currency completely.

Despite many advances, money still has a very real and permanent effect on how
we do business today. (Follow the development of money in the United States
in The History Of Money: Currency Wars.)
Money is anything that is commonly accepted by a group of people for the exchange of
goods, services, or resources. Every country has its own system of coins and paper money
In the beginning, people bartered. Barter is the exchange of a good or service for another good or
service, a bag of rice for a bag of beans. However, what if you couldn't agree what something was
worth in exchange or you didn't want what the other person had. To solve that problem humans
developed what is called commodity money.
A commodity is a basic item used by almost everyone. In the past, salt, tea, tobacco, cattle and
seeds were commodities and therefore were once used as money. However, using commodities as
money had other problems. Carrying bags of salt and other commodities was hard, and
commodities were difficult to store or were perishable.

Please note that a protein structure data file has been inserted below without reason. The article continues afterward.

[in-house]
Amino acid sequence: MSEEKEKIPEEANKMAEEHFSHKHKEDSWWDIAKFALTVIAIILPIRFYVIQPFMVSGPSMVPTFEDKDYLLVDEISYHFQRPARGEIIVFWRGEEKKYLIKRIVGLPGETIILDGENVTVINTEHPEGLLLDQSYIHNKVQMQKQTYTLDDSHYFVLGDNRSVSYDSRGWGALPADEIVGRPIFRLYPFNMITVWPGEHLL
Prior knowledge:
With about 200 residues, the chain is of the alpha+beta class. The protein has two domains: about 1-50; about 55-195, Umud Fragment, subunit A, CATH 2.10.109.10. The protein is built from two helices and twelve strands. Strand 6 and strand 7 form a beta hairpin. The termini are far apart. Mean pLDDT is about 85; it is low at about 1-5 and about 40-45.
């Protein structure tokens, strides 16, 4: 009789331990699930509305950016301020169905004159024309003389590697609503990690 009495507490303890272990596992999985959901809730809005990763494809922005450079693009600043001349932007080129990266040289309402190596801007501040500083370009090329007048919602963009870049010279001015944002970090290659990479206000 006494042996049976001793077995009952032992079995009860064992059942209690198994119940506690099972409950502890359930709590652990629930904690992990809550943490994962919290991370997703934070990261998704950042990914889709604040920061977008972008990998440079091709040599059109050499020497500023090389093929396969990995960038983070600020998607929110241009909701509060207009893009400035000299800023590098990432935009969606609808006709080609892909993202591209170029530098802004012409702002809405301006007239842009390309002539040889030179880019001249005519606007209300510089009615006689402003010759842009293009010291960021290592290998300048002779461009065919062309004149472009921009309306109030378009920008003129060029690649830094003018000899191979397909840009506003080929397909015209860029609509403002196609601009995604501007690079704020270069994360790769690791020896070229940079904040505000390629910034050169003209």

Coins and Paper Money
Metals objects were introduced as money around 5000 B.C. By 700 BC, the Lydians became the
first in the Western world to make coins. Countries were soon minting their own series of coins
with specific values. Metal was used because it was readily available, easy to work with and could
be recycled. Since coins were given a certain value, it became easier to compare the cost of items
people wanted.
Some of the earliest known paper money dates back to China, where the issue of paper money
became common from about AD 960 onwards.
Representative Money
With the introduction of paper currency and non-precious coinage, commodity money evolved into
representative money. This meant that what money itself was made of no longer had to be very
valuable.
Representative money was backed by a government or bank's promise to exchange it for a certain
amount of silver or gold. For example, the old British Pound bill or Pound Sterling was once
guaranteed to be redeemable for a pound of sterling silver.
For most of the nineteenth and twentieth centuries, the majority of currencies were based on
representative money through the use of the gold standard.
Fiat Money
Representative money has now been replaced by fiat money. Fiat is the Latin word for "let it be